…the ad does not enable normally informed and reasonably attentive internet users, or enables them only with difficulty, to ascertain whether the goods or services referred to by the ad originate from the proprietor of the trade mark or an undertaking economically connected to it or, on the contrary, originate from a third party.
If an advertisement suggests an economic link between the proprietor of the trade mark and the advertiser, or is so vague that “normally informed and reasonably attentive internet users” cannot distinguish whether the commercial message originates from the brand owner or a third party, then there must be an adverse effect on the function of the trade mark. In those circumstances, the advertisement will constitute trade mark infringement.
It is for the national court to determine in each case how the advertisement will be interpreted. However, the ECJ stated that the very fact that a keyword triggers the display of an advertisement is “liable to create the impression that there is a material link” between the brand owner and the third party. That indicates a presumption in favour of infringement which the advertiser must rebut.
The advertising function
In respect of the advertising function, that is the ability of the mark to inform and persuade consumers, the ECJ said that there would be infringement where the third party’s use adversely affects “the proprietor’s use of its mark as a factor in sales promotion or as an instrument of commercial strategy“.
Interestingly, the ECJ ruled that the advertising function was not adversely affected by third parties bidding on the trade mark and inflating the price of the advertisements for all parties. It referred to the fact that brand owners website would appear in any event in the natural or organic search results and therefore the visibility was “guaranteed”. Does this mean that brand owners whose websites do not appear in the organic search results, perhaps because they choose not to have an online presence, have a stronger claim to an adverse effect on the advertising function?…
Does it make any difference if the trade mark has a reputation?
The court reiterated its guidance in L’Oreal v Bellure that, where a third party:
…attempts to ride on the coat-tails of a trade mark in order to benefit from its power of attraction, reputation and prestige, and to exploit, without paying any financial compensation and without being required to make efforts of its own in that regard, the marketing effort expended by the proprietor of that mark in order to create and maintain the image of that mark, the advantage resulting from such use must be considered to be an advantage that has unfairly been taken of the distinctive character or the repute of that mark.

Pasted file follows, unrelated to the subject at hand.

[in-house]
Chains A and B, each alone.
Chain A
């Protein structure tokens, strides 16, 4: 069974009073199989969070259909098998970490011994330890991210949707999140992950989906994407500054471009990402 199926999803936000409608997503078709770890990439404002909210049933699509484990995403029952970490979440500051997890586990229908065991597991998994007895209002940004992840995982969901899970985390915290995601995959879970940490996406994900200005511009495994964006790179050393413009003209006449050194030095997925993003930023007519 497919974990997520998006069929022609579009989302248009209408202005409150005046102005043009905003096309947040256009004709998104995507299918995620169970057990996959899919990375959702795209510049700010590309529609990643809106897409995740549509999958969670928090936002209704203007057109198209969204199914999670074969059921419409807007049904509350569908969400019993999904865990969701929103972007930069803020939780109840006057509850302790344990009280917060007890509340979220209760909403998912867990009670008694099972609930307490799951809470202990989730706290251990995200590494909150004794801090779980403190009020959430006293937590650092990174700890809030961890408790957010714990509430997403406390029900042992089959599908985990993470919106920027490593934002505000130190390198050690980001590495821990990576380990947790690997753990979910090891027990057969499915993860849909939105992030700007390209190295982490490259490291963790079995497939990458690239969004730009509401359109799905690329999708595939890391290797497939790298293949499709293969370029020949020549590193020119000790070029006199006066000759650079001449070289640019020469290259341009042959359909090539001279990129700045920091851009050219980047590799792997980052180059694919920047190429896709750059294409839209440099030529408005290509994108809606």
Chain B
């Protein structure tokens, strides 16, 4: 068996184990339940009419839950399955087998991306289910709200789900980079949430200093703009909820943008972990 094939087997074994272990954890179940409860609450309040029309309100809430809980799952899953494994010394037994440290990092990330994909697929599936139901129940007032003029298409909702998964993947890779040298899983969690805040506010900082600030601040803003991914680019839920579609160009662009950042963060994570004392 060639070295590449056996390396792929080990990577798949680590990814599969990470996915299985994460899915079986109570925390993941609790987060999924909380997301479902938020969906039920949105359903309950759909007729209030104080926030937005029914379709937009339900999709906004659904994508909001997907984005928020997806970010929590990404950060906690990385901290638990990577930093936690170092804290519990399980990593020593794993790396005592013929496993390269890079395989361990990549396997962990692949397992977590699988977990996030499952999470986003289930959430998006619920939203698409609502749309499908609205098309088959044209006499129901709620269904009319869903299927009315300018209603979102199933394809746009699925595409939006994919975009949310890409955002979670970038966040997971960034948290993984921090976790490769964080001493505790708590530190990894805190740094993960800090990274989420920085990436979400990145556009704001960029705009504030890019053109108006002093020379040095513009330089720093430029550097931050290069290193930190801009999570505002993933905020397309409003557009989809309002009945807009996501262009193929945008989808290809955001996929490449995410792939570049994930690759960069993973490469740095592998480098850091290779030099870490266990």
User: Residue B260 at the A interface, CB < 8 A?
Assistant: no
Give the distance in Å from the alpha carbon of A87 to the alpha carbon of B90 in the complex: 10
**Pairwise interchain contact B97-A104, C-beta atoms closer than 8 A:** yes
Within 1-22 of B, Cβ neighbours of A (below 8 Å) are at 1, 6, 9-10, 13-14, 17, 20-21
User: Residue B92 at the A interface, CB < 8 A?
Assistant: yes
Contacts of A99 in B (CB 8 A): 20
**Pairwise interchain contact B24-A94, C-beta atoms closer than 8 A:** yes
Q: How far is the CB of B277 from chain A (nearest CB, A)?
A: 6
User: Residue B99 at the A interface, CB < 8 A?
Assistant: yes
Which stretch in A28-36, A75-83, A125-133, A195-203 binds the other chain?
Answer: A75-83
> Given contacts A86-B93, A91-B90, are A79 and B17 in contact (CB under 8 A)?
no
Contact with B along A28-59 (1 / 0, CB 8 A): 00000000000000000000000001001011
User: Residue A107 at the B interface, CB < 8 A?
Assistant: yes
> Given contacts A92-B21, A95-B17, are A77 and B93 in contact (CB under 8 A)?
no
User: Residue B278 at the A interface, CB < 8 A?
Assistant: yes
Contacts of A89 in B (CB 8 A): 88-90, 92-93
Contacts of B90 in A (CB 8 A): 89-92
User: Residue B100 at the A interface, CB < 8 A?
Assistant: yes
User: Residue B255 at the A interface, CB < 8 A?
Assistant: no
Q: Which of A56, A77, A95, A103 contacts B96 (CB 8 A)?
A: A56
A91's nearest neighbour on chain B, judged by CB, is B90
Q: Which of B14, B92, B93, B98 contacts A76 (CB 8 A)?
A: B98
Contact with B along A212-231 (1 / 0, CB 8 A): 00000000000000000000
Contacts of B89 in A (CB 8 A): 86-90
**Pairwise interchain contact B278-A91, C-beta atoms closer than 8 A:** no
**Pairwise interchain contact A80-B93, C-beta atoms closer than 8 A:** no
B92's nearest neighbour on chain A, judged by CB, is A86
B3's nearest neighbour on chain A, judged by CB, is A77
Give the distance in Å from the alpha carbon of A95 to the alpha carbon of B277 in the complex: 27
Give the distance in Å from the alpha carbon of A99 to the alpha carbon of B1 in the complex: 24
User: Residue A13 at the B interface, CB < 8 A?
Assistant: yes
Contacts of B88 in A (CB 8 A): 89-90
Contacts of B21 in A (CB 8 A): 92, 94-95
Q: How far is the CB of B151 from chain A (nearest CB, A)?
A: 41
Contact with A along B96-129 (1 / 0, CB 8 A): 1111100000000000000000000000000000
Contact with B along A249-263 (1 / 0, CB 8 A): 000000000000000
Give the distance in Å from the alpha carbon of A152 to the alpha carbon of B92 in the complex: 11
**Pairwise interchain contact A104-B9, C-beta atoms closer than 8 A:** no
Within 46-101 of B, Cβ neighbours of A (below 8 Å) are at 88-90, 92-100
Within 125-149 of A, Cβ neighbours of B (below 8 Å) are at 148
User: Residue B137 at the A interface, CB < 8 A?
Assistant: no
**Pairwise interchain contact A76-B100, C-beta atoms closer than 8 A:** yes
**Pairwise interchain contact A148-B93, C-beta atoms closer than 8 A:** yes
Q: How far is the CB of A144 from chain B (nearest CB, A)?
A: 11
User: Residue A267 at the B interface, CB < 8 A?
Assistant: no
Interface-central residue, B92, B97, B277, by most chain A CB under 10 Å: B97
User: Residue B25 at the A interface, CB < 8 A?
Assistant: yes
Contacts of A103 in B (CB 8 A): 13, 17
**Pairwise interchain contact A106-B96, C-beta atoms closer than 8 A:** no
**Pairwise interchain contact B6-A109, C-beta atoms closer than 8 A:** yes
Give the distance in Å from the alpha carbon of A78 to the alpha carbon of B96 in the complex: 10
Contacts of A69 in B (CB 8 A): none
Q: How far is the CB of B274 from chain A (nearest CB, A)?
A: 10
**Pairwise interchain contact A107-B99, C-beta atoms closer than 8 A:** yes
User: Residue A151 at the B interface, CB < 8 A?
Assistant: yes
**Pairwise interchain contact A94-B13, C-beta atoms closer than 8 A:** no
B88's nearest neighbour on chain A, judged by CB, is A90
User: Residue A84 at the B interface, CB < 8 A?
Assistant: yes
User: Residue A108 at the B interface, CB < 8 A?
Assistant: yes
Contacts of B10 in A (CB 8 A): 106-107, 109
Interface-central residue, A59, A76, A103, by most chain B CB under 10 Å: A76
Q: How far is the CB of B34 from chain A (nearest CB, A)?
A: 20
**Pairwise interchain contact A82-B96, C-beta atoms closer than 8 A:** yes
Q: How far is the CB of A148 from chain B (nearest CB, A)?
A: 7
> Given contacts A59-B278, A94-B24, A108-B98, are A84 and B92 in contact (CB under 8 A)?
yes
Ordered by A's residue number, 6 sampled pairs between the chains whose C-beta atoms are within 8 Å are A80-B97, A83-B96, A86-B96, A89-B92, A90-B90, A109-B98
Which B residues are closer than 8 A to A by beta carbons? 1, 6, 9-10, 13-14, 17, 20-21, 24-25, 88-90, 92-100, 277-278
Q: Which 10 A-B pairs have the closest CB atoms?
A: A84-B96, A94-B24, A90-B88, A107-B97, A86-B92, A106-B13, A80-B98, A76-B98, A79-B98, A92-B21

Does Google have a defence under Article 14 of the E-Commerce Directive?
Finally, the ECJ considered the E-Commerce Directive 2000/31/EC, Article 14 of which provides that an internet service provider acting as a ‘host’ is not liable for the infringing activities of its users. The ECJ ruled that the protection afforded by Article 14 would only apply where the internet service provider had not played an active role of such a kind as to give it knowledge of, or control over, the data stored.
If it has not played such a role, that service provider cannot be held liable for the data which it has stored at the request of the advertiser, unless, having obtained knowledge of the unlawful nature of those data or of that advertiser’s activities, it failed to act expeditiously to remove or disable access to the data concerned. It is for the national court to determine on the facts whether that is the case.
So where does that leave us?
Brand owners cannot prevent third parties from purchasing their trade marks as keywords. However, brand owners can bring proceedings for trade mark infringement where they can show the average internet user is unable to distinguish whether the advertisement is from the trade mark owner or a third party or where the advertiser is gaining an unfair advantage from the reputation of the brand.
Google will be liable where it plays an active role in the creation of an advertisement, or is made aware of an infringing advertisement and fails to remove it.
All iPit posts on Google AdWords can be found here.